Game of Thrones and the much-anticipated airing of the final season of George R.R. Martin’s fantasy saga has of course received a huge amount of attention in the press and media over the course of the last year, and lots of us have been glued to our TV screens with our dogs beside us waiting to see how the story unfolds.
One of the longest-running plotlines from the series and the one that has invested a great many dog owners in the wider GoT universe is the series’ direwolves – a mythical species of large, fearsome wolves based on a now-extinct genuine wolf variant called dire wolves, which died out almost 10,000 years ago.
As real dire wolves were of course not available to use in filming and because wolves in general are not very biddable and don’t make for reliable actors, the very wolf-like looking animals used in Game of Thrones to represent the direwolves were in fact domestic dogs of various types.
Most of the direwolves used in Game of Thrones were Northern Inuit dogs, and this is a dog type rather than a breed in its own right, which is developed from the crossing of Siberian huskies, Alaskan malamutes, and German shepherds.
A few other dog breeds also have a very wolf-like appearance on their own too, such as the mentioned Siberian husky and Alaskan malamute.
Because Game of Thrones has helped to bring Northern Inuit dogs and the existence of wolfish-looking dogs very much into the public awareness and invested many dog lovers in their storylines, interest in dogs of this type has increased exponentially within the UK as a result.
Many people aspire to owning a fearsome looking, large and loyal Northern Inuit dog or wolf-like dog today – but dogs of this type can be complex to care for, they’re not a good fit for everyone, and they are not a purchase to be entered into lightly.
However, all too many dog owners still go ahead with buying a new dog without doing enough research first, both into dog ownership in general and the care requirements of the dog type in question specifically.
In fact, the Kenilworth branch of the Dog’s Trust – the UK’s largest dog-specific charity and advocacy organisation – have issued a caution against buying dogs that look like direwolves as a result of seeing them on TV, and have shared some alarming statistics on the direct impact that such impulse purchases can have in terms of surrendered and abandoned dogs of this type.
In this article we’ll share some information on the impact that Game of Thrones has had on the purchasing and later abandonment or surrender of wolfish looking dogs, to help to spread the word and help to inform prospective buyers. Read on to learn more.
The Kenilworth branch of the Dogs Trust has shared some statistics from the last few years on the levels of abandonment of wolf-type dog breeds, which portrays a clear and rather alarming snapshot of the impact of impulse buying dogs of such breeds in the wake of the TV show.
In the year of 2010, which was the year prior to Game of Thrones hitting our screens for the first time, a total of 79 dogs of the Alaskan malamute, Siberian husky and Akita breeds (all wolf-looking dogs in most people’s opinions) were cared for by the branch over the course of the year.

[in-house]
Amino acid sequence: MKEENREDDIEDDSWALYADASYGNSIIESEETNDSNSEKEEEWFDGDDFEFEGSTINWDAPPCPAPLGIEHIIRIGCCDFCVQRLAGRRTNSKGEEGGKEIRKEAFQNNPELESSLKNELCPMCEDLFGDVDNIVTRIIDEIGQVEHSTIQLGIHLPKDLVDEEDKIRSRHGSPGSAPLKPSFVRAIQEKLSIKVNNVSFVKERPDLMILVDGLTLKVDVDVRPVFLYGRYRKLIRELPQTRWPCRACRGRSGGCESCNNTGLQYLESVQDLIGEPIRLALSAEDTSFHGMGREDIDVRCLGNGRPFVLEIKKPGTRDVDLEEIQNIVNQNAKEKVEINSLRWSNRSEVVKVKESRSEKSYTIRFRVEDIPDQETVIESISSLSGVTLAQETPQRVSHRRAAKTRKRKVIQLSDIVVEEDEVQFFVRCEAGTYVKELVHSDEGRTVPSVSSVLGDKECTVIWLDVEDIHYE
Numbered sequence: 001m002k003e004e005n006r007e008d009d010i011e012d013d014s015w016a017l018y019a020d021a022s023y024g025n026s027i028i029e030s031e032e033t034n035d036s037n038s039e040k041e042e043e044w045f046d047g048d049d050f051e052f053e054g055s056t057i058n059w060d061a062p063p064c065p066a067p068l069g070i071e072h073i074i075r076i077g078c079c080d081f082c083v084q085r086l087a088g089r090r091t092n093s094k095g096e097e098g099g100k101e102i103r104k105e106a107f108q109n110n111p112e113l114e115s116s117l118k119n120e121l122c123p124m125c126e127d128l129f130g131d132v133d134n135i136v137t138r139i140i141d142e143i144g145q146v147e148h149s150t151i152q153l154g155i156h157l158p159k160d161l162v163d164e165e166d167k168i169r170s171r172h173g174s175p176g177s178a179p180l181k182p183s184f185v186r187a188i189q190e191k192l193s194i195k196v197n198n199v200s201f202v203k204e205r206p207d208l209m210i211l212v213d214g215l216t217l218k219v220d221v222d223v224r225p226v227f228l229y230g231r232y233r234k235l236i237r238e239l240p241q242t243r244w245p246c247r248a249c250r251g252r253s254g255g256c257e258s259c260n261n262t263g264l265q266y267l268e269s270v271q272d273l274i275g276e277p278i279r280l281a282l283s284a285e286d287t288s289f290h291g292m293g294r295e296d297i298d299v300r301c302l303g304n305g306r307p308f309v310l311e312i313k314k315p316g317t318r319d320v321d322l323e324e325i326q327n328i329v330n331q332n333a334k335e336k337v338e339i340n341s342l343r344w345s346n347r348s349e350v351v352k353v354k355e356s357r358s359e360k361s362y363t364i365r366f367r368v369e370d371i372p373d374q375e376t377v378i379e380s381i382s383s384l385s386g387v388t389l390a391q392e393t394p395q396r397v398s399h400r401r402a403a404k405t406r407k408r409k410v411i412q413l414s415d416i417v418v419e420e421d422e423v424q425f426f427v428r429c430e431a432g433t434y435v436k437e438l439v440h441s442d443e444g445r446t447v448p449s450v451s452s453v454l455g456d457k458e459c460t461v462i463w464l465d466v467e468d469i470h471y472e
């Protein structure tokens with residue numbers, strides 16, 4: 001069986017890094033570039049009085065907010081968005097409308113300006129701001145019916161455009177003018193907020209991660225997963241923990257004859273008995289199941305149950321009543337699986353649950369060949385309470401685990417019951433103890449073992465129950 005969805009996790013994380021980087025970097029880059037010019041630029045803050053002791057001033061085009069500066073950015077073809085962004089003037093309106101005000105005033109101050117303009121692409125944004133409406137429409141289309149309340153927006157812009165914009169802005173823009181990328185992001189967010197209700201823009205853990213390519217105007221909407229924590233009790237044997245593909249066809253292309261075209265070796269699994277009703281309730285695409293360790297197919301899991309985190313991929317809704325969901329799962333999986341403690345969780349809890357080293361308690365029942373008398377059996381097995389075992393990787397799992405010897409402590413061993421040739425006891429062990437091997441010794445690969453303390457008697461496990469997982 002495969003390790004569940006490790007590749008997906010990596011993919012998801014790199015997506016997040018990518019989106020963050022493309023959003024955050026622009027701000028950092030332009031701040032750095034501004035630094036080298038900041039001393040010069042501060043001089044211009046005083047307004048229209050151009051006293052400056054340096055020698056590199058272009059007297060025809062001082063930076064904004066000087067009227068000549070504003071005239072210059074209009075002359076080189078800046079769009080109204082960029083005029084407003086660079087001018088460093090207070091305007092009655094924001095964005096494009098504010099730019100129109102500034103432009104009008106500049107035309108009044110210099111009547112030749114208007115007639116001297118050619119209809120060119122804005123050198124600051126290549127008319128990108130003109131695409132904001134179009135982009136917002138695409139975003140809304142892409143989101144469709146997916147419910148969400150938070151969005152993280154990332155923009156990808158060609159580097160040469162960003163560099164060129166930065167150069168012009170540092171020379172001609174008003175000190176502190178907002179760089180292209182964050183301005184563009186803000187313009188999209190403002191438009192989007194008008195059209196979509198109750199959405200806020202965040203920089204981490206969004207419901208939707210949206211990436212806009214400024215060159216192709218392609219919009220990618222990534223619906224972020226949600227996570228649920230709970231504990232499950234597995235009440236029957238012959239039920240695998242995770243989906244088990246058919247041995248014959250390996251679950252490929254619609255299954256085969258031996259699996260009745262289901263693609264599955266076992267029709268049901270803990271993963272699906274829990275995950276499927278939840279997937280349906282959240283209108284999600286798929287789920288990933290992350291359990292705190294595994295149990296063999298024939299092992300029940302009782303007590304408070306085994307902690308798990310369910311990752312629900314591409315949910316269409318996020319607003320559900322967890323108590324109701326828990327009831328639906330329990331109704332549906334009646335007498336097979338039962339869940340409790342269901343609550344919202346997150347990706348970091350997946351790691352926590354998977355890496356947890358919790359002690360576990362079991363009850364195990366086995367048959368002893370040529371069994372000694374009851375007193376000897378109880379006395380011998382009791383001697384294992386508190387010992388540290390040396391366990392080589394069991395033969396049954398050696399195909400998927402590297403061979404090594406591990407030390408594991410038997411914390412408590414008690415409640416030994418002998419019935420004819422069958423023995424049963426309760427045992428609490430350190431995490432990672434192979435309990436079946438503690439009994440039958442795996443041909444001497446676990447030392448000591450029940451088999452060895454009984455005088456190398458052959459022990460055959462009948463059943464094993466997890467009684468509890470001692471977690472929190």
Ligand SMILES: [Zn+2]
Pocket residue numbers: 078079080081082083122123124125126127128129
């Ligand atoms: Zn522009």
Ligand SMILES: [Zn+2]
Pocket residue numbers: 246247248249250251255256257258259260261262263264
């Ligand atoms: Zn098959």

However, fast-forward to last year, 2018 – the most recent year with a full twelve months of data available – and the total number of dogs of these breeds cared for within the year leapt up to 411, or an increase of some 420%.
In contrast, the surrender of other large breed dogs like Weimaraners and Rottweilers fell 22% during the same period, indicating that across dog owners within the Kenilworth snapshot, breeds like these have become somewhat less popular in preference for wolf-type dogs in their place.
If this trend is replicated up and down the country, which is highly likely, this indicates an alarming increase in the abandonment levels of large direwolf-type dogs, which can be complex and challenging to care for, and even more so to find appropriate homes for in a shelter.
All of the dog breeds and types that have similarities in their appearance to the Game of Thrones direwolves are large, intelligent and highly active, and they can also be prone to dominance if incorrectly handled, or become unruly if their need for exercise is not met.
They’re not good choices of breed for first time or inexperienced dog owners, and many buyers greatly underestimate the time and effort required to provide dogs of this type with an appropriate lifestyle and the right care.
Dog breeds like these also need large homes and a securely fenced outdoor area to contain them, and many such breeds are excellent at escaping when you’re not looking too.
The purchase of a new dog for any reason or of any type is a major decision to make, and one that should take weeks, months or even longer to decide upon and find to finally bring home the right pup.
Finding our more about the Game of Thrones direwolves and learning about some of the dog breeds used to represent them might serve as the very beginning of the research you need to perform to make an informed choice on buying a dog of this type – but make sure you do your due diligence, meet plenty of owners of dogs of these breeds, and get to know them as well as possible before you buy one.
Also, consider checking out available dogs for adoption from your local shelter, and think about adopting a dog that needs a new home instead of purchasing a puppy.